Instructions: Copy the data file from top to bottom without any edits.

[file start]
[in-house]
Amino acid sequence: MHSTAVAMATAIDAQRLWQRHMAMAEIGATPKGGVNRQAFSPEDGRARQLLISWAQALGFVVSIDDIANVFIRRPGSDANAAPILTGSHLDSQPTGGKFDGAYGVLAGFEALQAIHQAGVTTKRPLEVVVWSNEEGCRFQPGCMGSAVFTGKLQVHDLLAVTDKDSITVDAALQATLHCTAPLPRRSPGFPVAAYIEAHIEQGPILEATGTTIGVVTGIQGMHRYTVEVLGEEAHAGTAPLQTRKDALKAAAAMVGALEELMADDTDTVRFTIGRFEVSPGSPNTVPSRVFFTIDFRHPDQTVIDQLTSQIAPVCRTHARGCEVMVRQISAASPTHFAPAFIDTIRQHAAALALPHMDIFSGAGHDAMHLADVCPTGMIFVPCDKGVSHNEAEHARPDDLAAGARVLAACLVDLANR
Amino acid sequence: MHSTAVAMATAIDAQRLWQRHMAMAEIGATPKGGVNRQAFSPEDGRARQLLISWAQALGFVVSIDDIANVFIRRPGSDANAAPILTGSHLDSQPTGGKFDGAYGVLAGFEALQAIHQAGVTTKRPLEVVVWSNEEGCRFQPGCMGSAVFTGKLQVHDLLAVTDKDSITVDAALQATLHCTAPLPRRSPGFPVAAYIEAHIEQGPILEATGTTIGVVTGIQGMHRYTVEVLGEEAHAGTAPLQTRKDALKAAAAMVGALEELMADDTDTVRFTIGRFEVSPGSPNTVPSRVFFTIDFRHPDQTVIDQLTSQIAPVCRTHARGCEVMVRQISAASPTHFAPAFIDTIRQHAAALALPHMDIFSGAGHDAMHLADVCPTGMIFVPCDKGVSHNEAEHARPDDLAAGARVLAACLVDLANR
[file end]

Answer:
[in-house]
Amino acid sequence: MHSTAVAMATAIDAQRLWQRHMAMAEIGATPKGGVNRQAFSPEDGRARQLLISWAQALGFVVSIDDIANVFIRRPGSDANAAPILTGSHLDSQPTGGKFDGAYGVLAGFEALQAIHQAGVTTKRPLEVVVWSNEEGCRFQPGCMGSAVFTGKLQVHDLLAVTDKDSITVDAALQATLHCTAPLPRRSPGFPVAAYIEAHIEQGPILEATGTTIGVVTGIQGMHRYTVEVLGEEAHAGTAPLQTRKDALKAAAAMVGALEELMADDTDTVRFTIGRFEVSPGSPNTVPSRVFFTIDFRHPDQTVIDQLTSQIAPVCRTHARGCEVMVRQISAASPTHFAPAFIDTIRQHAAALALPHMDIFSGAGHDAMHLADVCPTGMIFVPCDKGVSHNEAEHARPDDLAAGARVLAACLVDLANR
Amino acid sequence: MHSTAVAMATAIDAQRLWQRHMAMAEIGATPKGGVNRQAFSPEDGRARQLLISWAQALGFVVSIDDIANVFIRRPGSDANAAPILTGSHLDSQPTGGKFDGAYGVLAGFEALQAIHQAGVTTKRPLEVVVWSNEEGCRFQPGCMGSAVFTGKLQVHDLLAVTDKDSITVDAALQATLHCTAPLPRRSPGFPVAAYIEAHIEQGPILEATGTTIGVVTGIQGMHRYTVEVLGEEAHAGTAPLQTRKDALKAAAAMVGALEELMADDTDTVRFTIGRFEVSPGSPNTVPSRVFFTIDFRHPDQTVIDQLTSQIAPVCRTHARGCEVMVRQISAASPTHFAPAFIDTIRQHAAALALPHMDIFSGAGHDAMHLADVCPTGMIFVPCDKGVSHNEAEHARPDDLAAGARVLAACLVDLANR